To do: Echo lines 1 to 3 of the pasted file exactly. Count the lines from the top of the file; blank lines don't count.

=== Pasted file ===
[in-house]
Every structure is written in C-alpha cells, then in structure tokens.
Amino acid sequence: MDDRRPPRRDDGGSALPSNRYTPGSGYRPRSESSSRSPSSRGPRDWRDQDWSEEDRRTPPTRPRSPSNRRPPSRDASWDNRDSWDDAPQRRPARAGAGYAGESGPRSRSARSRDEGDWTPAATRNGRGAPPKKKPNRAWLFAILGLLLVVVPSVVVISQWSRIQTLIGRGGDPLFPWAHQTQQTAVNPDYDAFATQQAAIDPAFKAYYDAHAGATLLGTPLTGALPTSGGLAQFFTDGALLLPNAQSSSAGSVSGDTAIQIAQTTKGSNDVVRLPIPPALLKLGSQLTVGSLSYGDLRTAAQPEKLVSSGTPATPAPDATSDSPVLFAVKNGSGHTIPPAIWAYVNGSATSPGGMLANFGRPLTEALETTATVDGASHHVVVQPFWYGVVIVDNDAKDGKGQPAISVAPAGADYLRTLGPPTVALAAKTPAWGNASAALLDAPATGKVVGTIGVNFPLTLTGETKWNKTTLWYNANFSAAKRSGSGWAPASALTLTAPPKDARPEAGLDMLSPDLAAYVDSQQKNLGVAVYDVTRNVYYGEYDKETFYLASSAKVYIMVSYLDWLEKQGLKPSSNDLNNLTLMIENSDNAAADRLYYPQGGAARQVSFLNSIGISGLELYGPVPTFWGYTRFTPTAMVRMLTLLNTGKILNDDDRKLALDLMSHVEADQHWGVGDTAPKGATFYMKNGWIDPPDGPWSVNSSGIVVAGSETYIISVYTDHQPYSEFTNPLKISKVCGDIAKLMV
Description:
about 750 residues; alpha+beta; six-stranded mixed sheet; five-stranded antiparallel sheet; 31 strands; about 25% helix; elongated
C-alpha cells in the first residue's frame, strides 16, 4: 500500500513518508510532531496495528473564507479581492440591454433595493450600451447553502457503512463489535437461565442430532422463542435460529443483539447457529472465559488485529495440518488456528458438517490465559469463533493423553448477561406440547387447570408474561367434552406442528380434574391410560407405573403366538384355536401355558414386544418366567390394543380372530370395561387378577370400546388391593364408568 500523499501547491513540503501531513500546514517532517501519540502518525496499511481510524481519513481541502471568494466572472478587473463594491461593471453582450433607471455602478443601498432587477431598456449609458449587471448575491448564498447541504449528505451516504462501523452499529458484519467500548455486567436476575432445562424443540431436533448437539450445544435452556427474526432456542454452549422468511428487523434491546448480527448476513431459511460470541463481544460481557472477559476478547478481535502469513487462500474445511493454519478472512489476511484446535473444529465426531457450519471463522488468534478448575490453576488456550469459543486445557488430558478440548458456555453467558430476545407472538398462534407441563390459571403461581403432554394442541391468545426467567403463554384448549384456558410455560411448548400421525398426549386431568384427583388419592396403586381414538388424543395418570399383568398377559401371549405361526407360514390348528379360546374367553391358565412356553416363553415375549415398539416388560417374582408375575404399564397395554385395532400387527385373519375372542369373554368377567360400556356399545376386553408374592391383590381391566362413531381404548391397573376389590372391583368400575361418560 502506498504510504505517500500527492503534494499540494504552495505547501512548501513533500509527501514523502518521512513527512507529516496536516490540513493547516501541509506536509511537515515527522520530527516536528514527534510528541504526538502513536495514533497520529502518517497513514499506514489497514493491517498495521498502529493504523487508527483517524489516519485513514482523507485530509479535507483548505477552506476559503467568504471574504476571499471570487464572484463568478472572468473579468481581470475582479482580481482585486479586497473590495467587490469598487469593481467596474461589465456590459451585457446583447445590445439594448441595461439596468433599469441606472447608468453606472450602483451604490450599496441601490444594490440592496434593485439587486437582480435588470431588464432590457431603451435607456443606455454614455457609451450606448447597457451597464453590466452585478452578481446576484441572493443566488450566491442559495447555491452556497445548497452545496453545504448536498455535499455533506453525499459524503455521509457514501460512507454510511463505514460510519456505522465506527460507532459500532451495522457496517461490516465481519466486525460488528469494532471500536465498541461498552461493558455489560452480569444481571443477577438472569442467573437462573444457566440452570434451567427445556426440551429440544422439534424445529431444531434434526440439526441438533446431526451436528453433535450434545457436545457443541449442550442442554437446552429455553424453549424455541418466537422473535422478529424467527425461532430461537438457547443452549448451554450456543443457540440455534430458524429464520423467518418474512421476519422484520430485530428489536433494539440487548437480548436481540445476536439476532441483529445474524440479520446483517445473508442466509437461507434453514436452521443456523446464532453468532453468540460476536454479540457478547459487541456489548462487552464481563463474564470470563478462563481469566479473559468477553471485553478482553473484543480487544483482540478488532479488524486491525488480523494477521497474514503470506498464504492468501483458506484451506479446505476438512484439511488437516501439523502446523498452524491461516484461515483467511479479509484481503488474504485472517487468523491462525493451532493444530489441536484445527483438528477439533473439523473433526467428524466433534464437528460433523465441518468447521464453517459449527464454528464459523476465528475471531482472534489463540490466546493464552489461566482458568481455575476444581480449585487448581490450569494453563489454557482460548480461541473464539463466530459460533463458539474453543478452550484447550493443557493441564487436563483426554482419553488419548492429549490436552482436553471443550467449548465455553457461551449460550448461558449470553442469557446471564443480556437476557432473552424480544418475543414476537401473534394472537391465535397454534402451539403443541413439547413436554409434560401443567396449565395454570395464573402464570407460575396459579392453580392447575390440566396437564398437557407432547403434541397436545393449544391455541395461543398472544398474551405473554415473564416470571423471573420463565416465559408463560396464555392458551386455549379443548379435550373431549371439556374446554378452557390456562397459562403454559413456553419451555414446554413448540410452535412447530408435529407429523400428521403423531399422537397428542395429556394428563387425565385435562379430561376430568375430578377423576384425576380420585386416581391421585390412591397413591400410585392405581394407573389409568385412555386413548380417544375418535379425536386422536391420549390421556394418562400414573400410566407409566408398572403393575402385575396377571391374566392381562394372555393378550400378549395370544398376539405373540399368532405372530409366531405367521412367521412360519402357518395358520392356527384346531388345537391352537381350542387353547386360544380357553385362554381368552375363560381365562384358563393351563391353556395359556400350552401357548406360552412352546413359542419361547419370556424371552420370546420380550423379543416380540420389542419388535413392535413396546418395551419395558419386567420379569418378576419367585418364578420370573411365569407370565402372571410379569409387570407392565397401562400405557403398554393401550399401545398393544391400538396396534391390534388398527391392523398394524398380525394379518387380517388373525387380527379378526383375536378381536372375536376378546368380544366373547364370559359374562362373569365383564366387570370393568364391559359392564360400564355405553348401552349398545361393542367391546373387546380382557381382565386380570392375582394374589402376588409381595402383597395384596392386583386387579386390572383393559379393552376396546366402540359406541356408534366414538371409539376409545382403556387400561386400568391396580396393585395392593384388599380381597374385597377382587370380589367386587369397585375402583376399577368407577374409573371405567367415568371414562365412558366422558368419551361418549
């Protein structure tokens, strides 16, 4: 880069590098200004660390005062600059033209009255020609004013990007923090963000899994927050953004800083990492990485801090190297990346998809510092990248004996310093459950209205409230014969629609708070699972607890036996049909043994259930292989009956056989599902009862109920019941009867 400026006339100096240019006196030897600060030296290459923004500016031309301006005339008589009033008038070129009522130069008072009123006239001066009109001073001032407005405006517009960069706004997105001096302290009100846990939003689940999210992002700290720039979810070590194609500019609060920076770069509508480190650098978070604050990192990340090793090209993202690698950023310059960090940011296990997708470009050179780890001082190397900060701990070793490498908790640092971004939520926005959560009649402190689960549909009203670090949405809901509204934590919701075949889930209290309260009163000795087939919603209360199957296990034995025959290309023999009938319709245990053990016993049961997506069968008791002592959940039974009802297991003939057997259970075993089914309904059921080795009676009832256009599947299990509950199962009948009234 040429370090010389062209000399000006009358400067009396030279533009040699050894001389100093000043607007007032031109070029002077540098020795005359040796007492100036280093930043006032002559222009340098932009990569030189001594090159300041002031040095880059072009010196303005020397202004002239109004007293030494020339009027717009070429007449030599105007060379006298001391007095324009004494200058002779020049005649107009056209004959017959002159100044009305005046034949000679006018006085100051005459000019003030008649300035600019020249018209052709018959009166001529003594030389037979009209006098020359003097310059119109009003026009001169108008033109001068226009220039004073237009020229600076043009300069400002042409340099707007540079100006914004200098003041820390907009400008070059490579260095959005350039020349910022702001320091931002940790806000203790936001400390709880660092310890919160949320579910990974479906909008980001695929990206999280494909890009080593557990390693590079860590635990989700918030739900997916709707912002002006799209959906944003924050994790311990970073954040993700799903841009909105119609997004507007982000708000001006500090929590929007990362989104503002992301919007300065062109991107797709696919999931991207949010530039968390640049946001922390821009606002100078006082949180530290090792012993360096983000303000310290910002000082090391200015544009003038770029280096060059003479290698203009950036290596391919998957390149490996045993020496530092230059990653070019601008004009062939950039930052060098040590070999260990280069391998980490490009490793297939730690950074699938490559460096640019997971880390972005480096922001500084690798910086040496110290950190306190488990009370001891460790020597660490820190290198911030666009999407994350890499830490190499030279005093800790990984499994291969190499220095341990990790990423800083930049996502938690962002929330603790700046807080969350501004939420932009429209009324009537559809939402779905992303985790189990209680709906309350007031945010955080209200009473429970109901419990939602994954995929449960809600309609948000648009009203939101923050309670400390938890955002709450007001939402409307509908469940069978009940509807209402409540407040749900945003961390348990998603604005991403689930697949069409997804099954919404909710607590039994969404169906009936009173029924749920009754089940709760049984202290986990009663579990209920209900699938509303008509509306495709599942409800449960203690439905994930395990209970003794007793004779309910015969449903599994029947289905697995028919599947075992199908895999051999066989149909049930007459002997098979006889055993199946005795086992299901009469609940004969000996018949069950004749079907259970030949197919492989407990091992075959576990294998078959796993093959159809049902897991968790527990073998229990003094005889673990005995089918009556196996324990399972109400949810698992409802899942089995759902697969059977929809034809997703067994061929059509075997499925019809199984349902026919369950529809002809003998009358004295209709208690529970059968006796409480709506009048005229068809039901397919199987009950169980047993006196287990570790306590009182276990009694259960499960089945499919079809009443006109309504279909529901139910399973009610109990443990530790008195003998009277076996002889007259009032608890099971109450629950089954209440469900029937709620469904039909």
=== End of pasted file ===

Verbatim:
[in-house]
Every structure is written in C-alpha cells, then in structure tokens.
Amino acid sequence: MDDRRPPRRDDGGSALPSNRYTPGSGYRPRSESSSRSPSSRGPRDWRDQDWSEEDRRTPPTRPRSPSNRRPPSRDASWDNRDSWDDAPQRRPARAGAGYAGESGPRSRSARSRDEGDWTPAATRNGRGAPPKKKPNRAWLFAILGLLLVVVPSVVVISQWSRIQTLIGRGGDPLFPWAHQTQQTAVNPDYDAFATQQAAIDPAFKAYYDAHAGATLLGTPLTGALPTSGGLAQFFTDGALLLPNAQSSSAGSVSGDTAIQIAQTTKGSNDVVRLPIPPALLKLGSQLTVGSLSYGDLRTAAQPEKLVSSGTPATPAPDATSDSPVLFAVKNGSGHTIPPAIWAYVNGSATSPGGMLANFGRPLTEALETTATVDGASHHVVVQPFWYGVVIVDNDAKDGKGQPAISVAPAGADYLRTLGPPTVALAAKTPAWGNASAALLDAPATGKVVGTIGVNFPLTLTGETKWNKTTLWYNANFSAAKRSGSGWAPASALTLTAPPKDARPEAGLDMLSPDLAAYVDSQQKNLGVAVYDVTRNVYYGEYDKETFYLASSAKVYIMVSYLDWLEKQGLKPSSNDLNNLTLMIENSDNAAADRLYYPQGGAARQVSFLNSIGISGLELYGPVPTFWGYTRFTPTAMVRMLTLLNTGKILNDDDRKLALDLMSHVEADQHWGVGDTAPKGATFYMKNGWIDPPDGPWSVNSSGIVVAGSETYIISVYTDHQPYSEFTNPLKISKVCGDIAKLMV